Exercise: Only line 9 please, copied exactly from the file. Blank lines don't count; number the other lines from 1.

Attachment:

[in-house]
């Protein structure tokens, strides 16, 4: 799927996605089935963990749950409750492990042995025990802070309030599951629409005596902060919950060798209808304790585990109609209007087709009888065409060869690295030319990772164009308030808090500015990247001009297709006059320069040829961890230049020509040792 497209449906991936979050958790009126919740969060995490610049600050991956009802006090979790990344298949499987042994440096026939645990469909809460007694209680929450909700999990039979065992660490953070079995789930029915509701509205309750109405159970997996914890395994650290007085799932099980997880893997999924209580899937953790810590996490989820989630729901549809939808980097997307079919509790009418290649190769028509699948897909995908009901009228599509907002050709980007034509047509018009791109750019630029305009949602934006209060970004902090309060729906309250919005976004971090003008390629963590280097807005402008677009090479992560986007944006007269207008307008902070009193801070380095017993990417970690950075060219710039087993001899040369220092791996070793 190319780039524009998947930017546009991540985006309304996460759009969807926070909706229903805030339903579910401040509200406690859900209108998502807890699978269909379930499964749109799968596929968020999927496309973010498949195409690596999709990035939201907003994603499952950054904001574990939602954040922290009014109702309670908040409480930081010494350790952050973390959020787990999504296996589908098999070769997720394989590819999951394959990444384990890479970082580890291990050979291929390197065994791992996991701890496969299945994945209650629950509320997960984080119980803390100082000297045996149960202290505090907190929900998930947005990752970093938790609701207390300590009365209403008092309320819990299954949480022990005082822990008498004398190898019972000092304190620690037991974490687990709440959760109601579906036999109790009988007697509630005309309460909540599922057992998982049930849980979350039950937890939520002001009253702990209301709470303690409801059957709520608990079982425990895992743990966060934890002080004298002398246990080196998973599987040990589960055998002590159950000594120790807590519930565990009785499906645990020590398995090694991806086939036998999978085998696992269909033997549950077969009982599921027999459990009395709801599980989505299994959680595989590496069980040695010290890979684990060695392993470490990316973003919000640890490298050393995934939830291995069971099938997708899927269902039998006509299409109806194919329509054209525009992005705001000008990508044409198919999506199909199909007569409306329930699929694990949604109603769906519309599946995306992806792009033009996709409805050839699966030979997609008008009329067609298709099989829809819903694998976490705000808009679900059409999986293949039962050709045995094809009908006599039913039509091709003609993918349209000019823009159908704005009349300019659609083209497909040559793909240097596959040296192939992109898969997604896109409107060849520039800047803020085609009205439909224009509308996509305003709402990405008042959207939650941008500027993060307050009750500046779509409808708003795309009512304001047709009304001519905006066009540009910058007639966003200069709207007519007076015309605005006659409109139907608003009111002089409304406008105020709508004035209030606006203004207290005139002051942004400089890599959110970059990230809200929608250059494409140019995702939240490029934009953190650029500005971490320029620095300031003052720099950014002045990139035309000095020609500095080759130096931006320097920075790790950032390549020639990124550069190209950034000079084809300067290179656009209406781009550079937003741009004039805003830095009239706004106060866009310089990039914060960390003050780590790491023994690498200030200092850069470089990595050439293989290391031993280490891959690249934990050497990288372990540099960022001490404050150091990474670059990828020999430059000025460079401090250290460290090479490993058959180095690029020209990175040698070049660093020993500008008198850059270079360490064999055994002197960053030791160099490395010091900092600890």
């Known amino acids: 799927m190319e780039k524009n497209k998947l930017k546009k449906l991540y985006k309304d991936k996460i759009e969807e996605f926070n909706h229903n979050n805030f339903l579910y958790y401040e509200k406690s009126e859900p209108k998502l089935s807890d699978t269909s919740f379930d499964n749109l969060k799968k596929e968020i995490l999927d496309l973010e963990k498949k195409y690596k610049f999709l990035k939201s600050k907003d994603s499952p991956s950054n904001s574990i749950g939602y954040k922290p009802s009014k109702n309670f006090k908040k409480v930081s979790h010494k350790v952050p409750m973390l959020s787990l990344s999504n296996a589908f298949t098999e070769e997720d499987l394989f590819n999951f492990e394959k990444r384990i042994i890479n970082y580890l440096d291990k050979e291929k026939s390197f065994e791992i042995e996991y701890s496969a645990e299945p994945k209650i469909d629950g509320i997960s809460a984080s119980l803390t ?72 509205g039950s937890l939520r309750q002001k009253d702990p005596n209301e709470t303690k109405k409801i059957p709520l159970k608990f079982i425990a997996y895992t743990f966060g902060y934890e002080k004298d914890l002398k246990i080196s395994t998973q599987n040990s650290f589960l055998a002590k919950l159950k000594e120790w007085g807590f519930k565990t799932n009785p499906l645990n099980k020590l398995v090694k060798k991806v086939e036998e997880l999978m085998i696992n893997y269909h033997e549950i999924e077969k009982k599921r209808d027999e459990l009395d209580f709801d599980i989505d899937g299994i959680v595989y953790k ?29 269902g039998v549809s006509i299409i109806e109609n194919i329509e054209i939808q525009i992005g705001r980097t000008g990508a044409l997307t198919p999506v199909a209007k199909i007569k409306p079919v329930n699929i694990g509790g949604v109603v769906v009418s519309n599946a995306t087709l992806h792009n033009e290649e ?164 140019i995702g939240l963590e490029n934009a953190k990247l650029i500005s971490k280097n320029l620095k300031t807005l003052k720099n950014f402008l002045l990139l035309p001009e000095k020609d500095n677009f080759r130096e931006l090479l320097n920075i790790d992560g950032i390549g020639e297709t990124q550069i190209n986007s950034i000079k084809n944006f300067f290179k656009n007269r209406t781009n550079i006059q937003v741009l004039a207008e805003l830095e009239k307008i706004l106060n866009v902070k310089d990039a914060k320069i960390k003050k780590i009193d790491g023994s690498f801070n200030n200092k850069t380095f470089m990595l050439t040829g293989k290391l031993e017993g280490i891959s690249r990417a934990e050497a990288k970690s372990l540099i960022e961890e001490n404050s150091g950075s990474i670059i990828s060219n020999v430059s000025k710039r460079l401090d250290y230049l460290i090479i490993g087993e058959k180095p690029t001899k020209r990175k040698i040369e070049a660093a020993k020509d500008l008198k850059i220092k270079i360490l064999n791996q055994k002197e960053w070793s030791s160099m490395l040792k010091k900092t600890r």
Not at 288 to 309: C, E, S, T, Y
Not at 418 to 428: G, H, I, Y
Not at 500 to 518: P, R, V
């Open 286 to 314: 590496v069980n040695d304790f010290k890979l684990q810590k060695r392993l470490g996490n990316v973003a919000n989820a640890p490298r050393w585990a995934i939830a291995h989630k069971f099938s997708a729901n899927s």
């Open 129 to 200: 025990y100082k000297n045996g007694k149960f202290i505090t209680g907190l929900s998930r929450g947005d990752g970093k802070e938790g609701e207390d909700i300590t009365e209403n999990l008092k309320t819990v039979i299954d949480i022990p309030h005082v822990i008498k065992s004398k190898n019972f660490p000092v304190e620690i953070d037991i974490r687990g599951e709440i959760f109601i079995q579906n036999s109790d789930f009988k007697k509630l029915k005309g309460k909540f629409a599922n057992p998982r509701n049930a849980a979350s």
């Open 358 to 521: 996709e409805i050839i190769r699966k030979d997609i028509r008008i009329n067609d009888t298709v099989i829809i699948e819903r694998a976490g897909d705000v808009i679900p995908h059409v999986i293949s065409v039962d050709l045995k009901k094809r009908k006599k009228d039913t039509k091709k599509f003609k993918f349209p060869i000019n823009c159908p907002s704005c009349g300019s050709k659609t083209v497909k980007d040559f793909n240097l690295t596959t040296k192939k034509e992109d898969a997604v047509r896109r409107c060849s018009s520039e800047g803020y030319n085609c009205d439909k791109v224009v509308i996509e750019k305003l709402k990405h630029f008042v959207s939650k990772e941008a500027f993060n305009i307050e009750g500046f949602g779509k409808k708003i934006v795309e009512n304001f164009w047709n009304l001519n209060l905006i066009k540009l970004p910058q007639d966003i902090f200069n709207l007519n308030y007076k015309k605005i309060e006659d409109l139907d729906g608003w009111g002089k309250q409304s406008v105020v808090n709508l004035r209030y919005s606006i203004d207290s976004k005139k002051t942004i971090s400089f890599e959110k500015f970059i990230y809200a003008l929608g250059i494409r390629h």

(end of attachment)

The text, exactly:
């Open 358 to 521: 996709e409805i050839i190769r699966k030979d997609i028509r008008i009329n067609d009888t298709v099989i829809i699948e819903r694998a976490g897909d705000v808009i679900p995908h059409v999986i293949s065409v039962d050709l045995k009901k094809r009908k006599k009228d039913t039509k091709k599509f003609k993918f349209p060869i000019n823009c159908p907002s704005c009349g300019s050709k659609t083209v497909k980007d040559f793909n240097l690295t596959t040296k192939k034509e992109d898969a997604v047509r896109r409107c060849s018009s520039e800047g803020y030319n085609c009205d439909k791109v224009v509308i996509e750019k305003l709402k990405h630029f008042v959207s939650k990772e941008a500027f993060n305009i307050e009750g500046f949602g779509k409808k708003i934006v795309e009512n304001f164009w047709n009304l001519n209060l905006i066009k540009l970004p910058q007639d966003i902090f200069n709207l007519n308030y007076k015309k605005i309060e006659d409109l139907d729906g608003w009111g002089k309250q409304s406008v105020v808090n709508l004035r209030y919005s606006i203004d207290s976004k005139k002051t942004i971090s400089f890599e959110k500015f970059i990230y809200a003008l929608g250059i494409r390629h």